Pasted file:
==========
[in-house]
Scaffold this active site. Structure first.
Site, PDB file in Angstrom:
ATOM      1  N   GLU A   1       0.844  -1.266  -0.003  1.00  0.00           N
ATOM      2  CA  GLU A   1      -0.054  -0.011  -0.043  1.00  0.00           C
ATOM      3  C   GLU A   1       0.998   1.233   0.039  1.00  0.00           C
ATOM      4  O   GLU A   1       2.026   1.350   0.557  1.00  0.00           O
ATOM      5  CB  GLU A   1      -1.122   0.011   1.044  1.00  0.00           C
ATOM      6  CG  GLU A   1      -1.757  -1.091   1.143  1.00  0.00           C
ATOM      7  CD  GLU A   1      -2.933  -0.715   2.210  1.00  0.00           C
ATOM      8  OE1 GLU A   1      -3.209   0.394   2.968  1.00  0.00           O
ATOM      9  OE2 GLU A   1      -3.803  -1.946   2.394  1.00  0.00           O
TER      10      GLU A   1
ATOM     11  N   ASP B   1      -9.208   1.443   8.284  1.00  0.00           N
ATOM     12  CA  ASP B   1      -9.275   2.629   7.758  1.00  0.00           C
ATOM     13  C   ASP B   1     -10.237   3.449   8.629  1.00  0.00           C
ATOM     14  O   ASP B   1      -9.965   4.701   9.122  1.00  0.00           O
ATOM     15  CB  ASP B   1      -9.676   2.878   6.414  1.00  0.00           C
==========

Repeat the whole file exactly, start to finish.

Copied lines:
[in-house]
Scaffold this active site. Structure first.
Site, PDB file in Angstrom:
ATOM      1  N   GLU A   1       0.844  -1.266  -0.003  1.00  0.00           N
ATOM      2  CA  GLU A   1      -0.054  -0.011  -0.043  1.00  0.00           C
ATOM      3  C   GLU A   1       0.998   1.233   0.039  1.00  0.00           C
ATOM      4  O   GLU A   1       2.026   1.350   0.557  1.00  0.00           O
ATOM      5  CB  GLU A   1      -1.122   0.011   1.044  1.00  0.00           C
ATOM      6  CG  GLU A   1      -1.757  -1.091   1.143  1.00  0.00           C
ATOM      7  CD  GLU A   1      -2.933  -0.715   2.210  1.00  0.00           C
ATOM      8  OE1 GLU A   1      -3.209   0.394   2.968  1.00  0.00           O
ATOM      9  OE2 GLU A   1      -3.803  -1.946   2.394  1.00  0.00           O
TER      10      GLU A   1
ATOM     11  N   ASP B   1      -9.208   1.443   8.284  1.00  0.00           N
ATOM     12  CA  ASP B   1      -9.275   2.629   7.758  1.00  0.00           C
ATOM     13  C   ASP B   1     -10.237   3.449   8.629  1.00  0.00           C
ATOM     14  O   ASP B   1      -9.965   4.701   9.122  1.00  0.00           O
ATOM     15  CB  ASP B   1      -9.676   2.878   6.414  1.00  0.00           C